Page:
The continuing uncertainty over the Greeks financial crisis has many people worrying about how their financial future will be affected. If Greece ends up leaving the Eurozone, as many economists predict, the knock-on effects on the UK could be disastrous.
There has already been a large drop in the number of mortgages and homeowner loans available to UK residents, which means many Britons are unable to buy unless they already have a sizable deposit in their savings accounts.
If we are beginning to see the effects before Greece has even left the euro, how will a full-blown Greek default affect the UK housing market?
The main thing to realise is that whatever predictions are made before the ‘Grexit’ actually happens are pure conjecture. The reality is that no one knows for sure what will happen. As long as the situation is handled efficiently and effectively, there should be a minimal effect on the UK housing market. However, even with the most prudent of preparations, there will inevitably be some repercussions for the average home owner or first-time buyer.
The Crisis in Europe
The deep austerity measures and record levels of unemployment in Greece have led to large numbers of people taking to the streets and demonstrating. 70% of Greeks do not want to leave the Eurozone but the continuing cuts that will accompany a further bailout by the European banks means that a return to the drachma may be inevitable.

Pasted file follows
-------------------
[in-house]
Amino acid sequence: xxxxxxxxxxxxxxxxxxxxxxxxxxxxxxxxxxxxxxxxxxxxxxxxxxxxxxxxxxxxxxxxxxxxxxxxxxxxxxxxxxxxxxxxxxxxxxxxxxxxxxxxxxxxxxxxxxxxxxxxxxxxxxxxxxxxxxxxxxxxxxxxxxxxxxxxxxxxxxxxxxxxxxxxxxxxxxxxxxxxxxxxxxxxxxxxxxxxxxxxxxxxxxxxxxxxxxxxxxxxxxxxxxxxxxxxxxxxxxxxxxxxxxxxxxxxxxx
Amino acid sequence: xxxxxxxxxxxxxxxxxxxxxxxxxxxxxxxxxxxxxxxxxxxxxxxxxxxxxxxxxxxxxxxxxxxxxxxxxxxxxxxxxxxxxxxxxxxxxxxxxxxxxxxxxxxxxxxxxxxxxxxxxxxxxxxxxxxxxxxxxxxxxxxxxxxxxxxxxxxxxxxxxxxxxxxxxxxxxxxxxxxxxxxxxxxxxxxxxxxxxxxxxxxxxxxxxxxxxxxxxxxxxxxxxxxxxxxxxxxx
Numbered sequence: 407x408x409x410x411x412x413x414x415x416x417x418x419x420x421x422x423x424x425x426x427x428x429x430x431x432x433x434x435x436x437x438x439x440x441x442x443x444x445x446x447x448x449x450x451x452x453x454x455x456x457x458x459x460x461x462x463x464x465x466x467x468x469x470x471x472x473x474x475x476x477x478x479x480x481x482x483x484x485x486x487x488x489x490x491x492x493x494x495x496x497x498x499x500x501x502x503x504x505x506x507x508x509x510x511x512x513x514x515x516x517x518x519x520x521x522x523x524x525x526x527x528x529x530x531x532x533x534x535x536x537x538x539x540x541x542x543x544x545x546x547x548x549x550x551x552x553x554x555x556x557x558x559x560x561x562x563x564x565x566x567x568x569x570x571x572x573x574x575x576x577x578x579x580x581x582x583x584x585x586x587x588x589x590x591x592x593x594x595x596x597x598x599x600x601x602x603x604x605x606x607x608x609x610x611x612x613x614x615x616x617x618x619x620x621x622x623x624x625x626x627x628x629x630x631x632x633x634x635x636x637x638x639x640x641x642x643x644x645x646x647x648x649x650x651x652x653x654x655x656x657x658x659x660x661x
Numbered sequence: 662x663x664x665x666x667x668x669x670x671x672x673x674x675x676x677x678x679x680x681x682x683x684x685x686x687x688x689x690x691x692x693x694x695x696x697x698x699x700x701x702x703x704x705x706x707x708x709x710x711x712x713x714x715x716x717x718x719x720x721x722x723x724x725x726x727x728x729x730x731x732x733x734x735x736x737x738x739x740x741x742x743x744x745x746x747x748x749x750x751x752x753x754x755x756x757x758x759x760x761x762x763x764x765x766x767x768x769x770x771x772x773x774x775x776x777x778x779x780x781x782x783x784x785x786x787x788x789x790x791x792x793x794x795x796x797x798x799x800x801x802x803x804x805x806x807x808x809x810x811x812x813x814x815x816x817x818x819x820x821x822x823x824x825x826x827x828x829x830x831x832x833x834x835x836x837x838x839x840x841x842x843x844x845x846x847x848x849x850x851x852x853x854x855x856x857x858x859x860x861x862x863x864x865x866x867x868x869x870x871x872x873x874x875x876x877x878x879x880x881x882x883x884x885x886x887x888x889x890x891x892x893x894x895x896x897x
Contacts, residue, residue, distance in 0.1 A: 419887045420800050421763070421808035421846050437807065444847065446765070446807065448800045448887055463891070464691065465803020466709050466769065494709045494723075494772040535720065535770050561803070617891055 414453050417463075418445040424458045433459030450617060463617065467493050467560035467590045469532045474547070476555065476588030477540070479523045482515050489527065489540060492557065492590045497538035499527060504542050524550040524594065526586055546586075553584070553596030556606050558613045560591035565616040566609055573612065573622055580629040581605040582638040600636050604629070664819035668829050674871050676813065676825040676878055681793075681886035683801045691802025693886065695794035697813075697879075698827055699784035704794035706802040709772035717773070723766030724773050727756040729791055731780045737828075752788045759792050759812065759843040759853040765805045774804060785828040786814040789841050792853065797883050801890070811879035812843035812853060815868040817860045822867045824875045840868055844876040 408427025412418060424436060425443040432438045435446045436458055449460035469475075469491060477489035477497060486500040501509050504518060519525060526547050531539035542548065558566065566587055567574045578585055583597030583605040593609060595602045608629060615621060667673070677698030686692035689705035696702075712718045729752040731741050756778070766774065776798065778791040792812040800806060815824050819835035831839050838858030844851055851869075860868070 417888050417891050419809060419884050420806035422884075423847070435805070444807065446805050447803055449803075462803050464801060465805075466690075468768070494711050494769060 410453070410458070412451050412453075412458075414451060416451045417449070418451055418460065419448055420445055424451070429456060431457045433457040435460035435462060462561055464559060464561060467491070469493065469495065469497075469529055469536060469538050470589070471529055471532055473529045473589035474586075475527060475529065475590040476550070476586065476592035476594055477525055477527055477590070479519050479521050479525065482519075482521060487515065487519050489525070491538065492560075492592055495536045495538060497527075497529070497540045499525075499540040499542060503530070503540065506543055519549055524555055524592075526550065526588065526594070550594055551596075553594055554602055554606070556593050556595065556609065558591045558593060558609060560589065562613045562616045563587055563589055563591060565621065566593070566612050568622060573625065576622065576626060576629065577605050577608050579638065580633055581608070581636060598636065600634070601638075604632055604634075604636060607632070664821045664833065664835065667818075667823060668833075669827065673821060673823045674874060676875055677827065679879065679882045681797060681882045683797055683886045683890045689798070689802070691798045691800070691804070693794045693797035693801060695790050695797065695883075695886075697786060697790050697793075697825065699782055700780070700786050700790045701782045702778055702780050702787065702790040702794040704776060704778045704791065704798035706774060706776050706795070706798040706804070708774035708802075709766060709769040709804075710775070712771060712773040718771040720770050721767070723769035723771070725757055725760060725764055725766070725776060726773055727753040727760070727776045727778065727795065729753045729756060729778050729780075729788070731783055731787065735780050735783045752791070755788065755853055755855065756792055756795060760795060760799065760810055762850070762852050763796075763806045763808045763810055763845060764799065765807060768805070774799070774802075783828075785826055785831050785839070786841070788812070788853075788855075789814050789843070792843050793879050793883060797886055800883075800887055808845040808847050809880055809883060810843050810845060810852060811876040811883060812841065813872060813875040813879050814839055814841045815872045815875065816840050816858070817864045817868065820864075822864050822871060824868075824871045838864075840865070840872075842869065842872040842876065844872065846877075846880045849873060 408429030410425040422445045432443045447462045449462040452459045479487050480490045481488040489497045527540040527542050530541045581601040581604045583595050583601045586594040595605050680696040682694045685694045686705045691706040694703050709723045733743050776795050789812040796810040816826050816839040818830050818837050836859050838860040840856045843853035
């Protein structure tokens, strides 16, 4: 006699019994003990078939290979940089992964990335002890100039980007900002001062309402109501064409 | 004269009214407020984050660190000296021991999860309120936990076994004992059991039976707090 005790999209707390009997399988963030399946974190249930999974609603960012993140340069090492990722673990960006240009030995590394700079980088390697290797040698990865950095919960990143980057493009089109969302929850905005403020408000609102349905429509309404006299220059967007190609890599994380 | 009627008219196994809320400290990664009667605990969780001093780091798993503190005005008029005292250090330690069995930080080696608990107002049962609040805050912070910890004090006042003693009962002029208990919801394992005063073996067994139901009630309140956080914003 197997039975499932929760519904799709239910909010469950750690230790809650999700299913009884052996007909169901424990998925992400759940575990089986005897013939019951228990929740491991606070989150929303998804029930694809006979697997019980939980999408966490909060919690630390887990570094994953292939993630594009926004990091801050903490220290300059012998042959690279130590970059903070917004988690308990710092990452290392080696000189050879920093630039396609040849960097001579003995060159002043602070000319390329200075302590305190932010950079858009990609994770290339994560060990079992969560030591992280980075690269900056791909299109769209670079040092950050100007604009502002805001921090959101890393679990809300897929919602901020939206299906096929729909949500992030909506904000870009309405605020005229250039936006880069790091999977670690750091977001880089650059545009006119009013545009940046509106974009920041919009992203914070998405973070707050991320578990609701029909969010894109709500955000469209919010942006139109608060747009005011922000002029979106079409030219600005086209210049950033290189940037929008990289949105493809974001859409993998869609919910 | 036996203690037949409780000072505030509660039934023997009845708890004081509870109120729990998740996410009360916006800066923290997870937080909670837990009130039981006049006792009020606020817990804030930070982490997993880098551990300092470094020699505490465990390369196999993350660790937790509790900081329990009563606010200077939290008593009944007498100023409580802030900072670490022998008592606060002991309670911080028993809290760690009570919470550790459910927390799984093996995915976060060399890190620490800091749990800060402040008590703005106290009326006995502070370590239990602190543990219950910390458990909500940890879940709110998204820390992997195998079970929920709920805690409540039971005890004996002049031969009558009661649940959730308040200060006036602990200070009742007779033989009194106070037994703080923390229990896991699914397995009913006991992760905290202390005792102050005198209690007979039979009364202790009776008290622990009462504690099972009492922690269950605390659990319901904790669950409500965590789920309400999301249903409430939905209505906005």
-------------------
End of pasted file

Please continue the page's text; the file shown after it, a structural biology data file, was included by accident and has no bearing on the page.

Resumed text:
If the drachma is re-introduced it would devalue incredibly quickly, leaving no other option than for Greece to declare bankruptcy. As the EU and IMF have already lent Greece in excess of $110bn and France alone is owed $41bn, this default would have an enormous effect on other countries in Europe.
Confidence in the Eurozone is already low but such a massive default on these debts would leave other struggling countries such as Spain and Italy unable to borrow any more money. There is a possibility that their economies would also reach a point of no return, leaving the whole of Europe in a dire financial state.
Should they also have to be bailed out by other European countries, the whole market will become even more unstable and the financial collapse will quickly spread, even in countries with relatively strong economies.
How This Affects the UK
As the EU is the UK’s biggest trading partner, any failure in the market will undoubtedly have an effect on the already weak British economy. Further jobs will be lost and this rise in unemployment will affect every part of the economy.
The banks are already far less likely to lend money to first-time buyers than they were five years ago. This has caused the UK property market to slump. Should there be even higher levels of financial insecurity due to the Eurozone crisis, then the amount of money available to borrow will fall further still.
Ironically, there is one part of the UK where the property market continues to boom. Cash-rich buyers from other countries are snapping up luxury properties in London as it is seen as something of a safe haven compared to the rest of Europe.
In the rest of the UK, property prices continue to fall, leaving many ordinary homeowners in negative equity with properties that they are unable to sell.
The effects of a Greek default could potentially be catastrophic but it is important to bear in mind that it hasn’t happened yet. The EU is committed to ensuring that it doesn’t ever happen and there are strategies being put in place to ensure that this disaster is avoided at all costs.